In our view, incumbents must step in here—if they don’t, fintechs will enter the space and create a niche for themselves either relegating financial institutions to mere backend payment processing or disintermediating them altogether from crucial aspects of the payment process. And in fact, traditional banks have a lot to gain by entering this space, such as a larger customer base, opportunities to partner with adjacent industry players, and access to new sales and distribution channels.
Another point to note is that merchants are exploring new payment options for their customers as cards are proving costly. They are likely to switch if their financial institution does not offer new-age embedded payment facilities such as account-to-account (A2A), request-to-pay, QR codes, and so on. Given that emerging transaction methods are set to cannibalize card revenues, financial institutions would do well to offer such cannibalizing products themselves rather than conceding ground to fintech or big tech rivals.
To avoid disintermediation, financial institutions will need to:
Digital ecosystems for embedded payments
There are two ways for financial institutions to participate in embedded payment ecosystems.
One way is where they orchestrate the ecosystem by aggregating products and services of ecosystem partners. In this case, customer experience and the payment aspect are controlled by the financial institution. The other route is where financial institutions embed their services in ecosystem partners’ consumer journeys across different channels (see Figure 3).
For the ecosystem to function seamlessly, both ecosystem players as well as financial institutions need to build APIs or SDKs. They must also develop the requisite software applications to enable customers to consume embedded payment services through varied modes and channels, which will play an important role in making embedded journeys scalable and ubiquitous.
In the first option, the financial institution is an enabler. For example, we helped a leading Indian bank convert its mobile banking application to a mobile payment application. This allowed customers of any bank to link their account and use the app to make online and physical purchases, renew insurance policies, transfer funds, buy tickets, pay bills as well as pay for parking recharges, subscriptions, and toll fees, and much more. The bank orchestrated the ecosystem where partners from various sectors such as travel, ecommerce, hospitality, insurance and more offered their products and services. With this approach, the bank was able to:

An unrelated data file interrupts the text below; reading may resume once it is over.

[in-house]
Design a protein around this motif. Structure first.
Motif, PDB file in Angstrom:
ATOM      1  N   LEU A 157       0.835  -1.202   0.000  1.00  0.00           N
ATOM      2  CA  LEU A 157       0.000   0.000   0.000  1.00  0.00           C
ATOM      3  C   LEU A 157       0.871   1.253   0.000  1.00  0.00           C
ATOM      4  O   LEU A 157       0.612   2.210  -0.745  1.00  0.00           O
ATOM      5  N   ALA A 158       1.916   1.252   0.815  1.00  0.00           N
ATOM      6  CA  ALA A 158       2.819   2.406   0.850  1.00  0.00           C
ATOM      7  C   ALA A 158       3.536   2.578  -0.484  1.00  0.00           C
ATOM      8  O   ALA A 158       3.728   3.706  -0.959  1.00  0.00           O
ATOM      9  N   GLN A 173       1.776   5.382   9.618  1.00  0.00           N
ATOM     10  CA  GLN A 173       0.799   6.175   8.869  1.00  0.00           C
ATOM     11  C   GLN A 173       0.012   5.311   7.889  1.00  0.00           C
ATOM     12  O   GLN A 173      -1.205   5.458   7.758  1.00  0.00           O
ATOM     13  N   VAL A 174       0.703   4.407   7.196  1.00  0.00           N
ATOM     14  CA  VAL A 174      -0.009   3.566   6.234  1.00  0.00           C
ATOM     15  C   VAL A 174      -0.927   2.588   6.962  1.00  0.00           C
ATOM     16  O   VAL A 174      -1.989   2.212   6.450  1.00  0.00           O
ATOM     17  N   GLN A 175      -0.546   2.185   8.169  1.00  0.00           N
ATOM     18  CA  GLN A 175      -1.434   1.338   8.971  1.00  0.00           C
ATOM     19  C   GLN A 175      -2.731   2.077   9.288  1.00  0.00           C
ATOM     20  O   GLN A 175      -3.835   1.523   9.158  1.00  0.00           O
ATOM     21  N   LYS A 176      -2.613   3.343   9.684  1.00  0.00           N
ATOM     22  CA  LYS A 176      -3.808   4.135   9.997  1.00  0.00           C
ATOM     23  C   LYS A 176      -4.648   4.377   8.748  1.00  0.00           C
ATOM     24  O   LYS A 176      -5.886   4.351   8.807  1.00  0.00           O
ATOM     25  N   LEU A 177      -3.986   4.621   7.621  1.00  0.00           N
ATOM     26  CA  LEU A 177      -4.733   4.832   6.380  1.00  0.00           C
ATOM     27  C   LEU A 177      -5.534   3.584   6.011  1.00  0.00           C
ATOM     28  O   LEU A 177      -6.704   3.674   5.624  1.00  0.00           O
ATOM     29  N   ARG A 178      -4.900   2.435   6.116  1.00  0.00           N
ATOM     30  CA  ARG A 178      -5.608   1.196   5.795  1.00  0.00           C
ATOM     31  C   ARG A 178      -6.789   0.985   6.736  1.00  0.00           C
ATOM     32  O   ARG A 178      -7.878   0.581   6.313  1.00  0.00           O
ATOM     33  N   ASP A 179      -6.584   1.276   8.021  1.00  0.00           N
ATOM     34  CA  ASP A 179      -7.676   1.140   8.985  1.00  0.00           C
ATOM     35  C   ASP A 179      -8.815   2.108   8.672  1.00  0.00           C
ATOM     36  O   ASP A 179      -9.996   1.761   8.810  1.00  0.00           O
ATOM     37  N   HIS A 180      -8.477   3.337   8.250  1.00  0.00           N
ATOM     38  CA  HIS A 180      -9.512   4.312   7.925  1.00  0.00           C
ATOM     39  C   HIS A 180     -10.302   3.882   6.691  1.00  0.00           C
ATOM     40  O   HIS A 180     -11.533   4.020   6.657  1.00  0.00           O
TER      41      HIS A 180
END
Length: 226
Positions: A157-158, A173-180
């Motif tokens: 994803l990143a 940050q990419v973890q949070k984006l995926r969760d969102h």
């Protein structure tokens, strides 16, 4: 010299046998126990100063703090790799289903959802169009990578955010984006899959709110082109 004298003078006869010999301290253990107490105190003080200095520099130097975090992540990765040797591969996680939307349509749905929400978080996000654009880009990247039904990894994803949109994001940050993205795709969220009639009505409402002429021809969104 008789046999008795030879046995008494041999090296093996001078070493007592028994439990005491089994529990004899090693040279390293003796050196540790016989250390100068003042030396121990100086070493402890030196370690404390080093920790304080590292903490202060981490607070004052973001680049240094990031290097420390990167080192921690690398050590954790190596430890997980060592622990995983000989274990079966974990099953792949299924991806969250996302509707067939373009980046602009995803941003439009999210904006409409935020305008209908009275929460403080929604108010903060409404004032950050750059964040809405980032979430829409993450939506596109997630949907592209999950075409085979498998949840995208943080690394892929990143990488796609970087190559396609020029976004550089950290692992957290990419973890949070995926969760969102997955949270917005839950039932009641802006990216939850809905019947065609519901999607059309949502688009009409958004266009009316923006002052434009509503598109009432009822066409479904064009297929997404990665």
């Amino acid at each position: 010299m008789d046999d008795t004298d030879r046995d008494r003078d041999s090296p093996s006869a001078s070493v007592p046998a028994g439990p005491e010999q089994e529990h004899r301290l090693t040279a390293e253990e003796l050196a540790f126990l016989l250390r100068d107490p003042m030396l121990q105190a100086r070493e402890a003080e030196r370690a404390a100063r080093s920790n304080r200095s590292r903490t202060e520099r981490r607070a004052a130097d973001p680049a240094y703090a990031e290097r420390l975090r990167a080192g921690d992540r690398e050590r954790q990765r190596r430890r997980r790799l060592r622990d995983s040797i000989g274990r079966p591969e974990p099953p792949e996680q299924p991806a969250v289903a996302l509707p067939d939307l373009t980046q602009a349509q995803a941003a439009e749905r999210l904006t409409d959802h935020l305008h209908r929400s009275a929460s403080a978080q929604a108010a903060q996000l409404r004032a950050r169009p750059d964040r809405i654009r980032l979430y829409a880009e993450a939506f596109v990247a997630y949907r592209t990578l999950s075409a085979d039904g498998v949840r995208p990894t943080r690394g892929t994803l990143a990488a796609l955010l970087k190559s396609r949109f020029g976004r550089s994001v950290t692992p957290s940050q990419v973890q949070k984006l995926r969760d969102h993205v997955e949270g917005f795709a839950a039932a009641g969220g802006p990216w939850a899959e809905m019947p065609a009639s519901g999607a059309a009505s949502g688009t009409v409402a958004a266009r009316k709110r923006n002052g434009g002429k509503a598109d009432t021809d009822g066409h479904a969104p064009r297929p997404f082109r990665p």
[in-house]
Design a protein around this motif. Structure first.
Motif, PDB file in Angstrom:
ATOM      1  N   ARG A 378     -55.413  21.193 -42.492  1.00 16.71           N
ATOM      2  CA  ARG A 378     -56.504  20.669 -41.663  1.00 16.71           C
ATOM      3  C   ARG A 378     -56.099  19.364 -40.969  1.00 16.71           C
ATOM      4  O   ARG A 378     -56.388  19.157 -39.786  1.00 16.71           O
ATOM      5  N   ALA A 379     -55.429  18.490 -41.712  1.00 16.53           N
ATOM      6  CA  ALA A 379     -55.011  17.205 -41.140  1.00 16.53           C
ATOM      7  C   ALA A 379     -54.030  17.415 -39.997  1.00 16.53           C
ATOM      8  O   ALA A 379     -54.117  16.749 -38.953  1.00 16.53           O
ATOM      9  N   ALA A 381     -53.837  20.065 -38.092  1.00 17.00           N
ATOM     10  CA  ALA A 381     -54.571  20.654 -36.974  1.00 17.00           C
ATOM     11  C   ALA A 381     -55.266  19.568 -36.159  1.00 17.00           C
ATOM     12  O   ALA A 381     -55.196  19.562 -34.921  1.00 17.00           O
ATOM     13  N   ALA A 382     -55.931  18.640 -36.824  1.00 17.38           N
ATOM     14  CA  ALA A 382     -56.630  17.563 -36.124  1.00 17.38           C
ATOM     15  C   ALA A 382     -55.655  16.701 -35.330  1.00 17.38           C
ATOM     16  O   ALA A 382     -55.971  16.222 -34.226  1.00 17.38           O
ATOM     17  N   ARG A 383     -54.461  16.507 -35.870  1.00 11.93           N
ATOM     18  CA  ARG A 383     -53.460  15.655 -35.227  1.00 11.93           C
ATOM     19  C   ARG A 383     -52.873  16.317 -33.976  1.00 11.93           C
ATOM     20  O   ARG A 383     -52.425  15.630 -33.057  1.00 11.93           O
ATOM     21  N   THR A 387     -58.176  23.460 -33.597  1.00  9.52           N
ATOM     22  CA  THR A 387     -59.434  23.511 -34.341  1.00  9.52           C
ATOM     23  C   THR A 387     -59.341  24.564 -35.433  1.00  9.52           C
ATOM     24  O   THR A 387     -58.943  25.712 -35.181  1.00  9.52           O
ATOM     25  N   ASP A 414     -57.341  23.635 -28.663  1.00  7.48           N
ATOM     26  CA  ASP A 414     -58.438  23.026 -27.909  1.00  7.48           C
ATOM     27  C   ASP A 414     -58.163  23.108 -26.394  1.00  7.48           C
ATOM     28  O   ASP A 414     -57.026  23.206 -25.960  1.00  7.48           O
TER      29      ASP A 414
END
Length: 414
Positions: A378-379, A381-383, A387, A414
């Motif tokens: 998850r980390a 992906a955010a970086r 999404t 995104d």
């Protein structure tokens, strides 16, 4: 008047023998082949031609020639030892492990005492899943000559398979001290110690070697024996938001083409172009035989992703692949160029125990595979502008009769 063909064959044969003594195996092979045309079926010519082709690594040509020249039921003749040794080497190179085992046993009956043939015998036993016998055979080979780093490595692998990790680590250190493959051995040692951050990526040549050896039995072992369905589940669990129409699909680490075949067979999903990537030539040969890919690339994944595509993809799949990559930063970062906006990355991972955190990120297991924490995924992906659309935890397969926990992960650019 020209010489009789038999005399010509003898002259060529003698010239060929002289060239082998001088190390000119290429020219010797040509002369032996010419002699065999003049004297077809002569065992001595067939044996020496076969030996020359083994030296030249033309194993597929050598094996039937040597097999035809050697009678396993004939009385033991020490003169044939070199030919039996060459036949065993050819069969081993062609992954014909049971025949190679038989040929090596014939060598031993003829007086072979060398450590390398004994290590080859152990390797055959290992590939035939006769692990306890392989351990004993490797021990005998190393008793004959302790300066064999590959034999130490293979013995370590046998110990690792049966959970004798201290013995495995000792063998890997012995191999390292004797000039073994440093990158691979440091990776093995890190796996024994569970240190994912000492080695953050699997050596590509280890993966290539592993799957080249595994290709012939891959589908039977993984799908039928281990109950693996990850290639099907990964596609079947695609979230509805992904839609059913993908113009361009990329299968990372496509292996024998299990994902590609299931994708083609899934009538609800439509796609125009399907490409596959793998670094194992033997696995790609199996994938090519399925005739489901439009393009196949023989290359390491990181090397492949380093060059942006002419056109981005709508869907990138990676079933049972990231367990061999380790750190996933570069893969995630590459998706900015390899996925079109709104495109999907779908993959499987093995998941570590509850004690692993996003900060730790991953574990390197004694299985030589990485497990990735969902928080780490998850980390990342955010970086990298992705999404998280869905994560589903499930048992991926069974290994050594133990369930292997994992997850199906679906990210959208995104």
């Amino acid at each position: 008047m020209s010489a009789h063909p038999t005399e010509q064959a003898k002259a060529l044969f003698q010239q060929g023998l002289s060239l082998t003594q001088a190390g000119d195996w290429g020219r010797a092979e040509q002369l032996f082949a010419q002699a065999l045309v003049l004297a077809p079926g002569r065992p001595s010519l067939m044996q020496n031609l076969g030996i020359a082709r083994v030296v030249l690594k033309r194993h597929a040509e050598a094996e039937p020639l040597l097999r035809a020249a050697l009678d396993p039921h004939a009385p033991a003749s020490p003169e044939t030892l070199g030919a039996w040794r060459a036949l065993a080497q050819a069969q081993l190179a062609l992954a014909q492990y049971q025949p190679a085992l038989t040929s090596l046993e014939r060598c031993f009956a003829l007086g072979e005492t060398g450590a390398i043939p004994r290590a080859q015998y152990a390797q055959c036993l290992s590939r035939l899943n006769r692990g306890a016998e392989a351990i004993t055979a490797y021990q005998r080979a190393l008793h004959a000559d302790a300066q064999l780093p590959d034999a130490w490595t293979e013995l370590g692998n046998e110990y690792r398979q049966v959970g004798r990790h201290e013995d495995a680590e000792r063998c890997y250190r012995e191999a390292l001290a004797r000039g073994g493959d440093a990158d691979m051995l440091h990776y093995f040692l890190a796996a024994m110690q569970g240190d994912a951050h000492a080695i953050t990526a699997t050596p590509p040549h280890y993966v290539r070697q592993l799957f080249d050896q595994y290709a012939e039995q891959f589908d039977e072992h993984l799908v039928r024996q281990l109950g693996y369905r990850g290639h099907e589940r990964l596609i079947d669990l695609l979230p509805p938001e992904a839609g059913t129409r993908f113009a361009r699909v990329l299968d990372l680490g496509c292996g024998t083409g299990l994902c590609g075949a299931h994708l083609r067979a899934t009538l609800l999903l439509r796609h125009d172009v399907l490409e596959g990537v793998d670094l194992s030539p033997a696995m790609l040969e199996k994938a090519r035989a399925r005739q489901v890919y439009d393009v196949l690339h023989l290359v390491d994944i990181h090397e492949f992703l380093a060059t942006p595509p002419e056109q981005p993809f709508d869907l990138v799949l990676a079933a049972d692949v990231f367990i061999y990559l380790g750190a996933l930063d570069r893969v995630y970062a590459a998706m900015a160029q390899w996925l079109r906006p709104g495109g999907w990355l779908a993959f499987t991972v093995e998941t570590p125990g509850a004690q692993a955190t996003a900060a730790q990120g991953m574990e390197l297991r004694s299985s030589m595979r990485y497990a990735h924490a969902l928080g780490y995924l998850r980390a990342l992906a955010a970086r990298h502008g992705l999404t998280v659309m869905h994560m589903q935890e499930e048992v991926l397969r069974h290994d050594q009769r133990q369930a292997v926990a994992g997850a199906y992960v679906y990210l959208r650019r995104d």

In the second option, the financial institution is an embedded participant. Many firms are going the second way, where they are embedding their products and services in vertical specific apps. For example, a leading global card network has tied up with a premium car manufacturer to enable embedded payments through the car’s dashboard.
Given that an efficient real-time payments system is a foundational layer for enabling embedded payments, the Indian experience can offer valuable lessons, especially as globally, nations are at different stages of their digital payments journey. India’s Unified Payments Interface (UPI) platform is ranked as the top real-time payments system in the world based on its standards, APIs, and participation.
UPI enables multiple payment modes through bank accounts, e-wallets, and now, even cards by using a proxy or an alias. Merchants enable an app-switch mode in their app, which permits the UPI payment authentication interface to open within the merchant app and allows payments to go through securely. Mandates can be set on the UPI platform to automatically debit customers’ bank accounts, making the payment journey completely invisible. Request-to-pay is another mode where the payment request is sent through a link to customers’ mobile device or the app. Customers just click on the link, verify the details, and approve the transaction. UPI has been hugely successful in India, and for countries interested in launching similar initiatives, it offers significant learnings across technical principles and considerations, digital infrastructure, and business model.